Can statistics make you feel better?
Alan Bollard, outgoing head of the Reserve Bank of New Zealand, tested that theory last week, claiming our economy could be understated relative to Australia by about 10 per cent.
While the press release was extraordinary enough,
I recommend the full text of the Bollard speech, which he presented to the Trans Tasman Business Circle in Auckland, as a more satisfying mood-enhancer.
The speech goes into great detail about why, and how, New Zealand has tended to look on the dark side of life - economically speaking.
Bollard contends we just haven't been counting things the way most other countries do. For instance, New Zealand and Japan were the only two countries identified in a 2008 United Nations report that didn't include and estimate for the "unobserved economy" in its GDP measures. If you add in the P-dealing, vegetable-growing (those tomatoes matter) and so on, Bollard reckons our GDP would jump 2 per cent.
Apparently, NZ also treats bank interest margins differently compared to global GDP-measuring standards.
"Because of the margin, the financial services that we consume do not necessarily have an explicit price, unlike most goods and services in an economy," Bollard told the Trans Tasman business elite. The margin is usually described as "Financial Intermediation Services Indirectly Measured or FISIM" by statisticians. NZ has a FISIM issue.
"The failure to allocate some of FISIM to the household sector has resulted in a growing understatement of income measures over the last 20 years, a period when the household sector has borrowed more, and hence consumed more financial services," Bollard said, putting some positive spin on the now-unfashionable debt habits of New Zealanders.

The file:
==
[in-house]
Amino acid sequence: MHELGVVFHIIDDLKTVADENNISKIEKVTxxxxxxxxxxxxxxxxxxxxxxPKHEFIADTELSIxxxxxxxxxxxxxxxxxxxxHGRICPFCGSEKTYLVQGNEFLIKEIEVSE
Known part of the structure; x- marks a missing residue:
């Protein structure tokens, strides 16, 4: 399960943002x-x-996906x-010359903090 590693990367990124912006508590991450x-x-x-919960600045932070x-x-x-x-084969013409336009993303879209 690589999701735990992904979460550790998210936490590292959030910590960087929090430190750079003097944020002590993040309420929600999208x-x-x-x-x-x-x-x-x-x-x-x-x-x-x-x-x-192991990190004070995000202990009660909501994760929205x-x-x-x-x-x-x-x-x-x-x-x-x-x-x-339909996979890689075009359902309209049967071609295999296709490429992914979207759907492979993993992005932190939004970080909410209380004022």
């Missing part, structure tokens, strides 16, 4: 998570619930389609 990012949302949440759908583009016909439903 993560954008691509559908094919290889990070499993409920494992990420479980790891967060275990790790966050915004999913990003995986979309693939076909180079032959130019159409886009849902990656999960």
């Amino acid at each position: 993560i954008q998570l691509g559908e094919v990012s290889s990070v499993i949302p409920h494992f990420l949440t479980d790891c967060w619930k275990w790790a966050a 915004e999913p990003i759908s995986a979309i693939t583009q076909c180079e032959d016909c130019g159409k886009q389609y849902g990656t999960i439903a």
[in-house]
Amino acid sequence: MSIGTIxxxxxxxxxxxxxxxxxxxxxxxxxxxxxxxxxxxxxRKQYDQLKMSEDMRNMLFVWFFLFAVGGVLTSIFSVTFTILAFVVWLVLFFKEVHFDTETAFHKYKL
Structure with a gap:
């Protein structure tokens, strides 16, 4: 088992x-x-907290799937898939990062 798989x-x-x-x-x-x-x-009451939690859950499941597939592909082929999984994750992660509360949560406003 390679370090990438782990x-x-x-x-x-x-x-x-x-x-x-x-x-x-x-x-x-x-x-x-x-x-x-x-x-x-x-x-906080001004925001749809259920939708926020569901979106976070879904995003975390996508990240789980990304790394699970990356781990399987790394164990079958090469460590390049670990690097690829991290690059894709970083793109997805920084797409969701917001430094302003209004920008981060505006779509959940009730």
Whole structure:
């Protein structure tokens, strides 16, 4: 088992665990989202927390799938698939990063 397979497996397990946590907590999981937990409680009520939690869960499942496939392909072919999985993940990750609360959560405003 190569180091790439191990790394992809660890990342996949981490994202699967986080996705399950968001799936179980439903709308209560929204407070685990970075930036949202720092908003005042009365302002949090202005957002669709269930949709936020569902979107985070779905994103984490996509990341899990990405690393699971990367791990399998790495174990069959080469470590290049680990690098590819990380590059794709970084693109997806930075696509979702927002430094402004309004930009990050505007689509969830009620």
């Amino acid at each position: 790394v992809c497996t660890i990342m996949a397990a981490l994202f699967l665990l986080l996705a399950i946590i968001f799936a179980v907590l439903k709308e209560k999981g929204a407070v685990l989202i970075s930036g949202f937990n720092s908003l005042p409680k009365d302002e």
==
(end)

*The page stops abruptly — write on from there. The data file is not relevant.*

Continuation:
There may be an element of fluffing here, but Bollard makes a compelling case for cheering up, finishing up on a well-worn cultural comparison.
"In the meantime we observe that where there is scope for technical interpretations to differ, Australia has tended to take the optimistic alternative and New Zealand the conservative one. Could this be a reflection on our national characters?"
Curiously, despite all its natural advantages and our, albeit statistically-enhanced, inferiority, Australia seems to also require pep talks from its economic figureheads.
For instance, last week Martin Parkinson, head of the Australian Treasury, asked his countrymen 'why the long faces?'.
"There is an overwhelming negative sense about much of the national discussion and debate," Parkinson said.
And if Australia can't feel good about its numbers, who can?